Amazing Desert Photography in Morocco

Photographing sand dunes can be a very productive photographic endeavor if you find a stretch of desert remote enough that not every inch of it is covered in footprints. In this article, I show you my favorite place to photograph dunes, and I give tips on how to get the most out of this sandy subject matter.

The USA has its fair share of spectacular dune fields. You can also find them in South America — Huacachina is one example. If you think of Asia, the Gobi Desert might come to mind, and for the Middle East, the Empty Quarter. For Africa, the Namib desert and the Sahara might sound familiar. For Europe, on the other hand, there aren't that many dune fields, which I should say is a positive thing in the context of climate change.

But as a landscape photographer, I was still looking for a sand-covered landscape to photograph not too far away. I found it in Morocco, just a 3-hour flight from central Europe. It has two large dune fields. Some of you will have heard of the Erg Chebbi close to Merzouga. You can reach it from Marrakesh by car in about nine hours via the Dadés gorge, or by bus in two days via Casablanca. There you'll find hotels close enough to the dunes so you can walk right into the desert. For a unique experience, you can stay in one of the Berber camps in the desert. It will increase your chance of finding a view for yourself.

Erg Chigaga

When I visited Morocco for the first time in 2019, I wanted to get farther away from civilization. After some research, I learned that aside from the Erg Chebbi, there's a desert close to the southern border of Morocco called the Erg Chigaga. It covers an area of around 35 by 15 kilometers, can only be reached by 4x4 vehicles, and there are no hotels. If you decide to visit the Erg Chigaga, you'll typically stay in one of the Berber camps in the area.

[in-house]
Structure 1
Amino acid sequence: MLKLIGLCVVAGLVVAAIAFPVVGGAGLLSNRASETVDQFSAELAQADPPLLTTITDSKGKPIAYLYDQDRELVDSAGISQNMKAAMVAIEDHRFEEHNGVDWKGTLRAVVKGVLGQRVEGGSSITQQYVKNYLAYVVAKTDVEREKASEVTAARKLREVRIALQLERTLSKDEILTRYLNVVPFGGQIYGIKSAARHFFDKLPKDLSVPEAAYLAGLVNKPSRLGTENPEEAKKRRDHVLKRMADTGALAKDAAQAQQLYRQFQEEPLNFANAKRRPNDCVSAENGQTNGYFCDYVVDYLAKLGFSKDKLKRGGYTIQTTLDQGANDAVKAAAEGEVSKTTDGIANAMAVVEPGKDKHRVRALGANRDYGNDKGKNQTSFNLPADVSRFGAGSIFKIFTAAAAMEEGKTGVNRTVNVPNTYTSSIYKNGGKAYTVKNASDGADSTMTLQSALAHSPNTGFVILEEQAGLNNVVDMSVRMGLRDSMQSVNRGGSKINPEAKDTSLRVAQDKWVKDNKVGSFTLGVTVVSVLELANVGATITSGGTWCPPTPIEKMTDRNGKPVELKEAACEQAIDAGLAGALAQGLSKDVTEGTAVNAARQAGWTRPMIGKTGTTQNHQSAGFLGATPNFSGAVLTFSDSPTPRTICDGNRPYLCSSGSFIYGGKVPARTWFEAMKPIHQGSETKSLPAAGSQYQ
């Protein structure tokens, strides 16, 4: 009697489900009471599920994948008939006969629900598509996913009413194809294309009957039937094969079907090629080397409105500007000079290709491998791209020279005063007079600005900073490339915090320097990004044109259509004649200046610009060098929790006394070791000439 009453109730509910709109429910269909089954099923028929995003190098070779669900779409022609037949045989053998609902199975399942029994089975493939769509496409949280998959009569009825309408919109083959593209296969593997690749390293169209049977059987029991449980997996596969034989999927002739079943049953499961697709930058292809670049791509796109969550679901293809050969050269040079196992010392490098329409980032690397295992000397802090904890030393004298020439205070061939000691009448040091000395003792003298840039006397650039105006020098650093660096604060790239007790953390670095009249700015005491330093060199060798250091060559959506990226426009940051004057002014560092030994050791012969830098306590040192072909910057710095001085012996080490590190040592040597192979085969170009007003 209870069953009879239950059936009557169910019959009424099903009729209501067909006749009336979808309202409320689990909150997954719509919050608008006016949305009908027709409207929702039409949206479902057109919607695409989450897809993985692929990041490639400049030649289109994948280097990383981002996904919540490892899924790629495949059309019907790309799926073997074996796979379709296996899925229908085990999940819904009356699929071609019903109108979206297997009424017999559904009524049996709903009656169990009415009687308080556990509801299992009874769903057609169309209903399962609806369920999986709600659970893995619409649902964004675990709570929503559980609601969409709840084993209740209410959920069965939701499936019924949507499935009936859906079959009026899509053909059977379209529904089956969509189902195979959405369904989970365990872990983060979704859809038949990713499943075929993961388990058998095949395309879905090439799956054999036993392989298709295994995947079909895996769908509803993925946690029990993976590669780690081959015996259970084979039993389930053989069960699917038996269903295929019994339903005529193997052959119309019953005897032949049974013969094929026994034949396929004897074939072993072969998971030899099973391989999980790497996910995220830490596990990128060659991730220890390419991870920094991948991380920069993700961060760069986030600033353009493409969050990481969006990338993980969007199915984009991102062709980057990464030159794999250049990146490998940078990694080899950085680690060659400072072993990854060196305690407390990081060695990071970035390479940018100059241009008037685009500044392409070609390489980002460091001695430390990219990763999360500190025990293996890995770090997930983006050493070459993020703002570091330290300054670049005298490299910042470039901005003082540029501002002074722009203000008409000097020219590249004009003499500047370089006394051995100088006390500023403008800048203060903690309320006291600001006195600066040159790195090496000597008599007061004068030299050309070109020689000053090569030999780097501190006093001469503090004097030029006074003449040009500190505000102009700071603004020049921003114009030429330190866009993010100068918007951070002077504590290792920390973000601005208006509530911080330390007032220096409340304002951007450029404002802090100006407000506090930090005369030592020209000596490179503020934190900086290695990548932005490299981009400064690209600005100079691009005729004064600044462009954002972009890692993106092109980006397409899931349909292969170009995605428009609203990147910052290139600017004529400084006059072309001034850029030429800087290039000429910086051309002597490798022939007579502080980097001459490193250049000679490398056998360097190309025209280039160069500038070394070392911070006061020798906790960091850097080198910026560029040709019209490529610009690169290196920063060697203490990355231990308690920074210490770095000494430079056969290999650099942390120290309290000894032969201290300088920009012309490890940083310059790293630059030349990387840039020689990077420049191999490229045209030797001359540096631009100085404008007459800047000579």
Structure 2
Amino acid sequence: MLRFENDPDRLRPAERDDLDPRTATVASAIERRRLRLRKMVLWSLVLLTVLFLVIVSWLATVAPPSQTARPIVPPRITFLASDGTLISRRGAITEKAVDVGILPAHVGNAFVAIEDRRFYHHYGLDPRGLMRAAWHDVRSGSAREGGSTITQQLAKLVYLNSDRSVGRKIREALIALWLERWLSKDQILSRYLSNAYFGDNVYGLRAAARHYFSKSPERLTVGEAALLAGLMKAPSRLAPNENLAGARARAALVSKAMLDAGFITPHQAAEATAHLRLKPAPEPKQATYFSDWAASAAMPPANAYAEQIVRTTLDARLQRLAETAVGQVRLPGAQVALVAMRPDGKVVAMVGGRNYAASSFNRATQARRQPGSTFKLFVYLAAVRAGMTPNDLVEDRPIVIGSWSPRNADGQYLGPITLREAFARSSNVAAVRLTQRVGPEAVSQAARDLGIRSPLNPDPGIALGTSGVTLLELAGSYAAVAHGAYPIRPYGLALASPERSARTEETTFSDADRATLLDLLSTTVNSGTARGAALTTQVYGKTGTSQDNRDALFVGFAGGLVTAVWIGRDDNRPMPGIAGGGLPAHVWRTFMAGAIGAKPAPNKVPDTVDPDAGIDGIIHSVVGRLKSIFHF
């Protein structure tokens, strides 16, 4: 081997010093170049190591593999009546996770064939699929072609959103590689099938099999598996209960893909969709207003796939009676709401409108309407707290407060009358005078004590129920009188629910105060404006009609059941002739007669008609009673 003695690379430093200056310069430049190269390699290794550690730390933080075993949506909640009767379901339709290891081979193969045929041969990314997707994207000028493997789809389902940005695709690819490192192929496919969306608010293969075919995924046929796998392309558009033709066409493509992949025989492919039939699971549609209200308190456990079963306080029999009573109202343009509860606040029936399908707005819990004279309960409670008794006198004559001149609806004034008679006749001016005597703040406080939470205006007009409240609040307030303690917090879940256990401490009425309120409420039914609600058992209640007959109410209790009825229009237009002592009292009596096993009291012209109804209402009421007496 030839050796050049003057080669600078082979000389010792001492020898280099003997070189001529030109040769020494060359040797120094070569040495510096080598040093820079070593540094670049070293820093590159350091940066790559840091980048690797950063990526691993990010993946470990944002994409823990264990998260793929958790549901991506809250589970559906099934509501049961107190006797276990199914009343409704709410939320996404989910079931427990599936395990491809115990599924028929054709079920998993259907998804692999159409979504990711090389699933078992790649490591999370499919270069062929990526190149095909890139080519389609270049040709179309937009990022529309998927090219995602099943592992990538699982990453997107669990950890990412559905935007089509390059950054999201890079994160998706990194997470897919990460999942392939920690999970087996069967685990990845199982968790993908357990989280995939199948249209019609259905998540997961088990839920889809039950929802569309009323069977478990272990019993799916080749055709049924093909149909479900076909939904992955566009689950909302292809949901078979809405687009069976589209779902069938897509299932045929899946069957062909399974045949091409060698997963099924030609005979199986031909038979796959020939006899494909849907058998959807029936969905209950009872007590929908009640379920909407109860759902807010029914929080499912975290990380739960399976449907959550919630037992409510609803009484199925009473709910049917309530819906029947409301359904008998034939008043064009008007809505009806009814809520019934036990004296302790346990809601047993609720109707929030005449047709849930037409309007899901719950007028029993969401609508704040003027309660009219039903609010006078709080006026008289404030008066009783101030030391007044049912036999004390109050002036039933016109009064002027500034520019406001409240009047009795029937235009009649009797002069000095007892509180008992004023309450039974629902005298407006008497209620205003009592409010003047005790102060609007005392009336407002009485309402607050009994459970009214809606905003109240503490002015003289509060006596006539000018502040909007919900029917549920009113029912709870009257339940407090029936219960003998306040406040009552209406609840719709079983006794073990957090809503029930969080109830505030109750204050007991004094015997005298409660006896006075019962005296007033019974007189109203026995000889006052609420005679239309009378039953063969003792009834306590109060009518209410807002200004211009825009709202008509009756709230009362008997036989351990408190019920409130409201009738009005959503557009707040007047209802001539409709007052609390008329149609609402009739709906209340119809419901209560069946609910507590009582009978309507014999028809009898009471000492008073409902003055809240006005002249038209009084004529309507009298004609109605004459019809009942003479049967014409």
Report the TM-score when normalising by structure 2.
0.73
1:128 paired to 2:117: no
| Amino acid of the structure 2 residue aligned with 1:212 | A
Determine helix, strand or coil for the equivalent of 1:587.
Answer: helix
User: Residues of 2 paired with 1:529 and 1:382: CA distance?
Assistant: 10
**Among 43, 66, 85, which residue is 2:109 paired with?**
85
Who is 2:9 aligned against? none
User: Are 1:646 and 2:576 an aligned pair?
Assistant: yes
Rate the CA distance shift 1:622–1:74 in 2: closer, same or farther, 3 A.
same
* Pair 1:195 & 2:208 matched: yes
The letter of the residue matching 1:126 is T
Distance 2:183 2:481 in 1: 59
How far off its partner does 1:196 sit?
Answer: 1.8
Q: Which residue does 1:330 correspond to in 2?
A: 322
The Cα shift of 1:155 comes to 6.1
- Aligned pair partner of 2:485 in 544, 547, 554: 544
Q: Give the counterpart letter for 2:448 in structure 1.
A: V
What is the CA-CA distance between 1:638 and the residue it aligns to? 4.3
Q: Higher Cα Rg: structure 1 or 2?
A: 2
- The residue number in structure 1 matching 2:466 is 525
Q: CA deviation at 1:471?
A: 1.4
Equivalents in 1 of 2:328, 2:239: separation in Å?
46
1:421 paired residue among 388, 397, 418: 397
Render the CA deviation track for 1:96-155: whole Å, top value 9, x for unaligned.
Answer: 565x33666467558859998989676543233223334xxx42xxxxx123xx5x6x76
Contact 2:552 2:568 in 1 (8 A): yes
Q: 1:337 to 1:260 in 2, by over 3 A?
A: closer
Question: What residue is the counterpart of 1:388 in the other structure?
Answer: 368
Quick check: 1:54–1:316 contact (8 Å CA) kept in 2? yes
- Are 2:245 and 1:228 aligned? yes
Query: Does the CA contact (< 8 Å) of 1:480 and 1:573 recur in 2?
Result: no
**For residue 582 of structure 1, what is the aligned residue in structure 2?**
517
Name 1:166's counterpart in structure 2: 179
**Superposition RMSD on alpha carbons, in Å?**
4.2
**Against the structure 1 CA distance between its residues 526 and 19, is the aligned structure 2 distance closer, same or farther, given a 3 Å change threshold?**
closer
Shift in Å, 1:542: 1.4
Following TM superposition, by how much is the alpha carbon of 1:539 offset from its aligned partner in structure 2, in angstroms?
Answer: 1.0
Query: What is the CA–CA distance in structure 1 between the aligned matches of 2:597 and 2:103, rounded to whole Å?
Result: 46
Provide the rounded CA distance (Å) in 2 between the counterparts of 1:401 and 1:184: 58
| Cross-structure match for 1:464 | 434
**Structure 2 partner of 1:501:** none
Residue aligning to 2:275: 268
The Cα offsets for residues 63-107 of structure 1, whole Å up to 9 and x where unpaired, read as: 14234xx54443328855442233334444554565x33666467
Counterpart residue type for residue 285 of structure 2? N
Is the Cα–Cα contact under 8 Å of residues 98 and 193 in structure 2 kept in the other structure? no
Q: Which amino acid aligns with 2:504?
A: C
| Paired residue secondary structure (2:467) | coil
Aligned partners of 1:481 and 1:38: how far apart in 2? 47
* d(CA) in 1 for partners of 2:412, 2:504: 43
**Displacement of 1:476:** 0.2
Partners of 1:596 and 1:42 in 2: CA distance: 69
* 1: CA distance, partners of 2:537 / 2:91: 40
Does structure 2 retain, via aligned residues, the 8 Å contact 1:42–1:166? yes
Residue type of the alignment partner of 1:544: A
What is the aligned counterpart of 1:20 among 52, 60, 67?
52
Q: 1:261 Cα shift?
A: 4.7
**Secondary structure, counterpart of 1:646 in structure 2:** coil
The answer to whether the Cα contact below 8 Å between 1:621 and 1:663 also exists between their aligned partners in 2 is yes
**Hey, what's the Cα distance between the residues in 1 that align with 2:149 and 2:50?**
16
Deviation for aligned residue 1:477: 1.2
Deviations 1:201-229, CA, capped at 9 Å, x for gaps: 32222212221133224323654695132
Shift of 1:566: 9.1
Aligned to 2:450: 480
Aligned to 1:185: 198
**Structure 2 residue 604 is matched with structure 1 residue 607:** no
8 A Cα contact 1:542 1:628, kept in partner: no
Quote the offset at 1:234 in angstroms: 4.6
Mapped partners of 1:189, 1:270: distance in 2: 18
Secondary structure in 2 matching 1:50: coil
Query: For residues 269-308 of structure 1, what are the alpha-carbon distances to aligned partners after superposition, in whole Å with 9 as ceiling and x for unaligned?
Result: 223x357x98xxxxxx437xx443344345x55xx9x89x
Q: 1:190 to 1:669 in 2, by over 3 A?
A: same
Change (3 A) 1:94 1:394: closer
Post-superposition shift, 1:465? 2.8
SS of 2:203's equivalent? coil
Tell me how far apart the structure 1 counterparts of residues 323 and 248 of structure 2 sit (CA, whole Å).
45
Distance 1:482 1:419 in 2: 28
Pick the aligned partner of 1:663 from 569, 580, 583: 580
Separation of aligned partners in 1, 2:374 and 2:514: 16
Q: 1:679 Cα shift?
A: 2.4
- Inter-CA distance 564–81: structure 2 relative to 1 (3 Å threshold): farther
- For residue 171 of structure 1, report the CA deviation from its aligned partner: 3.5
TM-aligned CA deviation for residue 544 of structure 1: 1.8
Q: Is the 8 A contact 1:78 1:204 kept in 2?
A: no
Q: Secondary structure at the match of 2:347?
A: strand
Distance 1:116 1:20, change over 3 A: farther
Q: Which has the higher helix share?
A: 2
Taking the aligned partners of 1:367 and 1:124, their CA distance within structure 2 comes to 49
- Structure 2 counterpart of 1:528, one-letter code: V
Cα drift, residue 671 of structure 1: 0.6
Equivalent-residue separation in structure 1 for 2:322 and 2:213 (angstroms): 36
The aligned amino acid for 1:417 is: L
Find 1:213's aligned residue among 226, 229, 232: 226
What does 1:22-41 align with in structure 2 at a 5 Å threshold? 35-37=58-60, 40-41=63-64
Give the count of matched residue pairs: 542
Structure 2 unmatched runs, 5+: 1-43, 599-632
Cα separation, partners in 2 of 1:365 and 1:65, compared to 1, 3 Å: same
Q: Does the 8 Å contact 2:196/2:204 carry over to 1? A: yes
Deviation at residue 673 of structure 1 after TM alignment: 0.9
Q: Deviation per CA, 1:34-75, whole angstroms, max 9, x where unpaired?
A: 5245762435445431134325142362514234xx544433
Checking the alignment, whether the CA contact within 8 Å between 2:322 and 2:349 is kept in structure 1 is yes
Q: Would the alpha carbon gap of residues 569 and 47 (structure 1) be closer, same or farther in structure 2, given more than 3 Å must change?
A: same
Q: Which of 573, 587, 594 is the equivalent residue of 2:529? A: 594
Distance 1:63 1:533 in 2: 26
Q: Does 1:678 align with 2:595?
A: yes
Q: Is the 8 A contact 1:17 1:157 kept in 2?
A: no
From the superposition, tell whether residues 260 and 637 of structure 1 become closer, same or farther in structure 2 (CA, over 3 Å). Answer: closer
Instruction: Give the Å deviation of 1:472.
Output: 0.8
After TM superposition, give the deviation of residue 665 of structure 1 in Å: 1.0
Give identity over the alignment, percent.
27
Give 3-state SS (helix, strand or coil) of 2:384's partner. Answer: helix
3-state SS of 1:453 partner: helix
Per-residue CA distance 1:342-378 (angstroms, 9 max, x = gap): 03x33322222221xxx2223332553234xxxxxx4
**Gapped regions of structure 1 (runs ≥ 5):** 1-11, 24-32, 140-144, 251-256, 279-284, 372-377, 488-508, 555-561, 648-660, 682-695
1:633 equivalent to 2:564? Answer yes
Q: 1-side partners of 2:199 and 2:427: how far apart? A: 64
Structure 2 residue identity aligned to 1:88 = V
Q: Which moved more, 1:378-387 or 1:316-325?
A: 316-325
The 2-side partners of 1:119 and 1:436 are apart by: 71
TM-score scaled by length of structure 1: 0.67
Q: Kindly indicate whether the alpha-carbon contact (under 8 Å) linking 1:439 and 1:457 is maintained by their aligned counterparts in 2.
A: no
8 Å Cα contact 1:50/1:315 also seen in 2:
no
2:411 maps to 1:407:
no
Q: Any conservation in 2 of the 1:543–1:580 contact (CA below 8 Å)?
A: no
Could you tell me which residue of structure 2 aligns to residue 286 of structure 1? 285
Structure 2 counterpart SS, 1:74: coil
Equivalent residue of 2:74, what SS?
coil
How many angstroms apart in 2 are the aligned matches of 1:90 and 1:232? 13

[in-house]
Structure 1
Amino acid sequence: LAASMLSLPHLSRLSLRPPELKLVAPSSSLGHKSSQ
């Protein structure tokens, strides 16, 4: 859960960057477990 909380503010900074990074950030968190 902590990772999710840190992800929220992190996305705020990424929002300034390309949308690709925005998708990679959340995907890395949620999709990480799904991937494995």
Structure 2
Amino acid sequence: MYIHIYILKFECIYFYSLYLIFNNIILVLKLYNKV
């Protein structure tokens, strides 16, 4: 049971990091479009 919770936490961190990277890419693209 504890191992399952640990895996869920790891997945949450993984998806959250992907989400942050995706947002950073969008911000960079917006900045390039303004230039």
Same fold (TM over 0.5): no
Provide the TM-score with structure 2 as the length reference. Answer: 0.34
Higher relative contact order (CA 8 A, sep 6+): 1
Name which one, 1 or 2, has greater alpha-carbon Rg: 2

When planning my trip to the Erg, my first objective was to find the right camp. There are several options, but not every one of them is in a spot where you can walk out of the tent and start taking photos. I was looking for a camp close to some of the larger dunes, so I could hike there for sunrise and sunset. On Google Earth, I tried to identify the best camps — you can actually spot them if you zoom in close enough.

View from the largest dune in the Erg Chigaga during sunset.

This way, I found the camp Al Koutban. It's located right in the middle of the dunes, with the highest dune of the Erg Chigaga just a 45-minute hike away. You typically book a tour that has one or two stops along the way to get there. I did so with Wild Morocco, and I loved the experience so much that I returned to do a photography workshop together with them in early 2020.

Unfortunately, due to the pandemic, I haven't been back since then. But I can't wait to head back into the desert in the future. Especially if you don't enjoy crowded areas, it's the right place to go. There's nothing like sitting on top of a remote dune, looking across the surrounding sea of sand and listening to the whisper of the wind.

How to Photograph Dunes

The best way to photograph the desert is to find a high vantage point that gives you a 360° view of the surrounding landscape. That's also why I selected the camp Al Koutban. It's surrounded by several high dunes, which I would climb every sunrise and sunset to find my subjects.

Shooting from a high vantage point allows you to angle your camera downwards and include less sky on those cloudless days you'll often get in the desert. Find a ridge and use it as a leading line that guides the viewer down into the sea of sand. When the light hits that ridge from the side, you'll get a beautiful play of light and shadow that'll keep the viewer engaged.

To unlock the full photographic potential of a desert like the Erg Chigaga, you should also have a long lens in your arsenal. Zooming in on distant dunes, you'll find countless subjects. You can completely exclude the sky and fill your frame exclusively with the forms and shapes around you. When you do this, try to find large dunes that can serve as your main subject and balance them with similar, smaller dunes in the distance. It creates depth in such a photo.